I agree with you, I love that process of thinking about my stories. I don’t outline, but quite often I think in terms of ‘what’s the next logical thing that will happen because of what just happened?’ It’s a sort of mental outlining, I guess. The tough part sometimes is remembering the great things I thought about when I next sit down to write!

    • E.C. Myers Mar 26 2014 at 4:52 pm #

      I actually wanted to write the whole blog post CYOA-style, but that presented logistical problems (especially on four hours of sleep) and I was short on time. 🙂

      The challenge for me is coming up with a logical plot progression based on reality, the characters, and what they would do in those circumstances, but without making it predictable.

      I also used to worry about forgetting great plot ideas, which is why I carry a notebook and pen everywhere. Now I figure if it’s a great idea, either I won’t forget it, or it will come back to me. Sometimes I come up with a great idea while writing, and when I check my notes later, I discover I had thought about it before, written it down, forgotten it, then remembered it as if it were a new idea!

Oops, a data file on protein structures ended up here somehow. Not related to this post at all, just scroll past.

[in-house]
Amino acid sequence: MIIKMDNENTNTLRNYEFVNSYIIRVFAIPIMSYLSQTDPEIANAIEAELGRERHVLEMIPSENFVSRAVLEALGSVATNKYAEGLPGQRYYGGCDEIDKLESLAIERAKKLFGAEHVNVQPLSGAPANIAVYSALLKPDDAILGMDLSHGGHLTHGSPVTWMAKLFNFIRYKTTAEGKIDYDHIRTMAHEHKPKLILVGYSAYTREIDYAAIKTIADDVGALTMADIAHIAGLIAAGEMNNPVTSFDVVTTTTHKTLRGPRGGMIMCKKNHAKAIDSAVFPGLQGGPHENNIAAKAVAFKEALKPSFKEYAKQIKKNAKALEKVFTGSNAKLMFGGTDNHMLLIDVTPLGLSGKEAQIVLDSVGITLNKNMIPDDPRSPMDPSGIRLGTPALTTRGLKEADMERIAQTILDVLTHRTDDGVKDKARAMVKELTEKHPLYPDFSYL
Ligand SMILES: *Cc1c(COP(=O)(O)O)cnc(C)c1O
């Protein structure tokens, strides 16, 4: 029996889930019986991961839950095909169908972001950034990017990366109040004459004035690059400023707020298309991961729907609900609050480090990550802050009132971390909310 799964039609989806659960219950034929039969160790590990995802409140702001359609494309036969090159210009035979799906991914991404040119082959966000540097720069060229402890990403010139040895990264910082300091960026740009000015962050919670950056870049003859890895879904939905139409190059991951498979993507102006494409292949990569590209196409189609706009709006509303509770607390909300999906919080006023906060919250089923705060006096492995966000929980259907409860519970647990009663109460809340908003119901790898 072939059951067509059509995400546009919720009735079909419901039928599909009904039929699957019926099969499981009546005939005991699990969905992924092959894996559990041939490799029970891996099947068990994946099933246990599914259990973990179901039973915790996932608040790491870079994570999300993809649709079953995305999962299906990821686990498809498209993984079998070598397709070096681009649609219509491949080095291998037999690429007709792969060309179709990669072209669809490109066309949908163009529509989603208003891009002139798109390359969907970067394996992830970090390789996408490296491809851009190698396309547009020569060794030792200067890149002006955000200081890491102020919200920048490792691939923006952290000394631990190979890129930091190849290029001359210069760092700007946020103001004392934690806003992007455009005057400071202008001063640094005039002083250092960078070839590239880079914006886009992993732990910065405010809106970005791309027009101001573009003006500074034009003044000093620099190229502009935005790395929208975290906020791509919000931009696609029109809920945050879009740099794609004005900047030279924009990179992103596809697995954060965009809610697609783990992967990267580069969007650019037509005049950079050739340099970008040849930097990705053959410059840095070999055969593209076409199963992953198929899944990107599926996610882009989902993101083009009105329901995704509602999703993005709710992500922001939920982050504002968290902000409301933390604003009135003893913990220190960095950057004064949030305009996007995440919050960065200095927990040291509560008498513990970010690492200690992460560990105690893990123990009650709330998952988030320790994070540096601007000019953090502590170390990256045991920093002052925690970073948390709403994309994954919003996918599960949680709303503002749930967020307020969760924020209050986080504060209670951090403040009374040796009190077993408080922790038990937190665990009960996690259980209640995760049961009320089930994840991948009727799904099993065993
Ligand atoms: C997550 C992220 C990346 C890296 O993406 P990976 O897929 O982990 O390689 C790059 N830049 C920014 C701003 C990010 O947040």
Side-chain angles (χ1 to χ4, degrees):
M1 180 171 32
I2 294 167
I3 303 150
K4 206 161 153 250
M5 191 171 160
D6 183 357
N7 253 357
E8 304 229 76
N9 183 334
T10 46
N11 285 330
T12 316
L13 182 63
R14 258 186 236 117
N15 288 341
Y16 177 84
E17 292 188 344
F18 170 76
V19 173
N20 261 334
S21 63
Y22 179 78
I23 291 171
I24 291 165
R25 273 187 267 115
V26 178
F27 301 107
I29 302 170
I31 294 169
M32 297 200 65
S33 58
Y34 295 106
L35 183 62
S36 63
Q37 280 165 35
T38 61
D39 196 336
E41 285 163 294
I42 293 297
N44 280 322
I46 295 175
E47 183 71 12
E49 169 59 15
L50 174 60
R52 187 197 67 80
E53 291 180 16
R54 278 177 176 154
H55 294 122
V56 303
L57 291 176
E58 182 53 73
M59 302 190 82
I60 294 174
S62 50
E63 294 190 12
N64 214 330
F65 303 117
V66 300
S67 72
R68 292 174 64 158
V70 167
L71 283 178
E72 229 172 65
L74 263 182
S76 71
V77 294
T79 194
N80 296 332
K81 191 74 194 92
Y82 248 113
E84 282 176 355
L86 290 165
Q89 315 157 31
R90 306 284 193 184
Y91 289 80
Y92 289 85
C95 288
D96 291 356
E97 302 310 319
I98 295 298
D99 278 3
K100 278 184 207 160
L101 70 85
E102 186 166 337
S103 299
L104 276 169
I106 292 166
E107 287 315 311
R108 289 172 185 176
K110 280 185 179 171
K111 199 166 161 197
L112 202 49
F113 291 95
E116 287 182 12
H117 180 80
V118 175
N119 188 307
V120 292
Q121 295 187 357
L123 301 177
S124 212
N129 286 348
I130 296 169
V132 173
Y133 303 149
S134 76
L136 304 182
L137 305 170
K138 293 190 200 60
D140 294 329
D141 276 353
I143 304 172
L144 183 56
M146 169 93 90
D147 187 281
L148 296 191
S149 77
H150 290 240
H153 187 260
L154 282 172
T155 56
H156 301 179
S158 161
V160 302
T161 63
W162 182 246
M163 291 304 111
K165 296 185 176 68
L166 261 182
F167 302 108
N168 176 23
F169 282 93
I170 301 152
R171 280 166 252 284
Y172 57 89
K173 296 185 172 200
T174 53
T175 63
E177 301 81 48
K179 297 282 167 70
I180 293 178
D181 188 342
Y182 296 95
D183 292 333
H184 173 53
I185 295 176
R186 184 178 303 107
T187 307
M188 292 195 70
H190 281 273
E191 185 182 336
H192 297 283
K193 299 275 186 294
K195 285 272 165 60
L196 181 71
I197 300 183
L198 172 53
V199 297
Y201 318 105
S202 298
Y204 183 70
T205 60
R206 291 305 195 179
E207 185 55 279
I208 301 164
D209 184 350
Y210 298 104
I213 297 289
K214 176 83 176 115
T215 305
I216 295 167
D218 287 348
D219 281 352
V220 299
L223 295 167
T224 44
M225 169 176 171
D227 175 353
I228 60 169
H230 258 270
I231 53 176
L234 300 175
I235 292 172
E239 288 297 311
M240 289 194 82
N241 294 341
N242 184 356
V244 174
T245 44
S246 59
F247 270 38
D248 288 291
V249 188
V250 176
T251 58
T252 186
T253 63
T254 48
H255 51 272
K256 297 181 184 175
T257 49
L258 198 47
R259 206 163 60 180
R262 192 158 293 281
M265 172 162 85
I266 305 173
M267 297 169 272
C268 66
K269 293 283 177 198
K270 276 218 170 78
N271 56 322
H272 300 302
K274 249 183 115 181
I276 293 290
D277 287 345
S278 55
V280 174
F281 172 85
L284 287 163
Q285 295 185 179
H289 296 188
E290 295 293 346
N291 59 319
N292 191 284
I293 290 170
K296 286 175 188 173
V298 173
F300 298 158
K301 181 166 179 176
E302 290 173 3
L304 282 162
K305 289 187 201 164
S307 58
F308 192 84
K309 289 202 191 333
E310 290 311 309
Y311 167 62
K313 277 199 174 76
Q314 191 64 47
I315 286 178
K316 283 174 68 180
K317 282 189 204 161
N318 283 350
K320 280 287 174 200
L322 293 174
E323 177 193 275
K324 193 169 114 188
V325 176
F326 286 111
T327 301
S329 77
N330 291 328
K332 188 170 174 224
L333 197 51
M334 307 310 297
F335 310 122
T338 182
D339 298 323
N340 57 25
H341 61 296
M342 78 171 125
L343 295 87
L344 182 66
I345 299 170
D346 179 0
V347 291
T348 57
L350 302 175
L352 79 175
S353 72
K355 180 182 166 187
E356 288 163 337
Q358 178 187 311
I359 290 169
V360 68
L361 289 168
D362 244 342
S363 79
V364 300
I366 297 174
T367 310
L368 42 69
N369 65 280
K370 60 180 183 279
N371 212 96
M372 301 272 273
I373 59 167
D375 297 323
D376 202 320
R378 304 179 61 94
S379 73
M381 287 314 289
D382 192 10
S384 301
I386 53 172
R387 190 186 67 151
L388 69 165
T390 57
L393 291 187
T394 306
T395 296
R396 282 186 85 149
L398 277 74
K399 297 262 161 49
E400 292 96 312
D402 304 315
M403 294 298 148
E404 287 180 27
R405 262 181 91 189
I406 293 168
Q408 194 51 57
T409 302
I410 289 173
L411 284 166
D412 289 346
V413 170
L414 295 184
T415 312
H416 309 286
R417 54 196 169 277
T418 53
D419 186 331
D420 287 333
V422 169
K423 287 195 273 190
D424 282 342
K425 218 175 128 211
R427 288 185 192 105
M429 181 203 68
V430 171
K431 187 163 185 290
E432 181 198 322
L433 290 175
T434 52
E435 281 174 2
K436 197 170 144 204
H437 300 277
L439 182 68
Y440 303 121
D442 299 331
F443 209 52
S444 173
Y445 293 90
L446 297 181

6. Tara Dairman Mar 26 2014 at 10:42 am #

    I didn’t read a ton of CYOA as a kid, but I definitely read a few and really liked them. Then, recently, I mentioned CYOA to the middle-grade students in my writing class…and they had never heard of the concept. I couldn’t believe it! It seems like an essential part of childhood. I think I’m going to have to get them a few to try. 🙂

    Anyway, great post tying that concept in with brainstorming and creative writing. I can’t tell you how many times in revisions I’ve switched a character’s reaction or a scene’s outcome to exactly the opposite of how it was in the first draft, and opened up fantastic new possibilities for the story.

    • E.C. Myers Mar 26 2014 at 4:54 pm #

      Interesting! I wonder if CYOA would be a good way to get reluctant readers interested in books. They’re also mostly non-gendered, except for a lot of the drawings :-/ They really feel like a rite of passage to me.

  7. Alexa S. Mar 28 2014 at 1:12 am #

    I love that you mentioned “choose your own adventure” in the context of writing! It’s definitely prime training to think through different possible scenarios, and try to see what the outcome will be — a practice that I do when I’m thinking about my stories.

  8. Traci Krites Mar 29 2014 at 6:21 pm #

    Revision is just another way to clear up mistakes, I like that.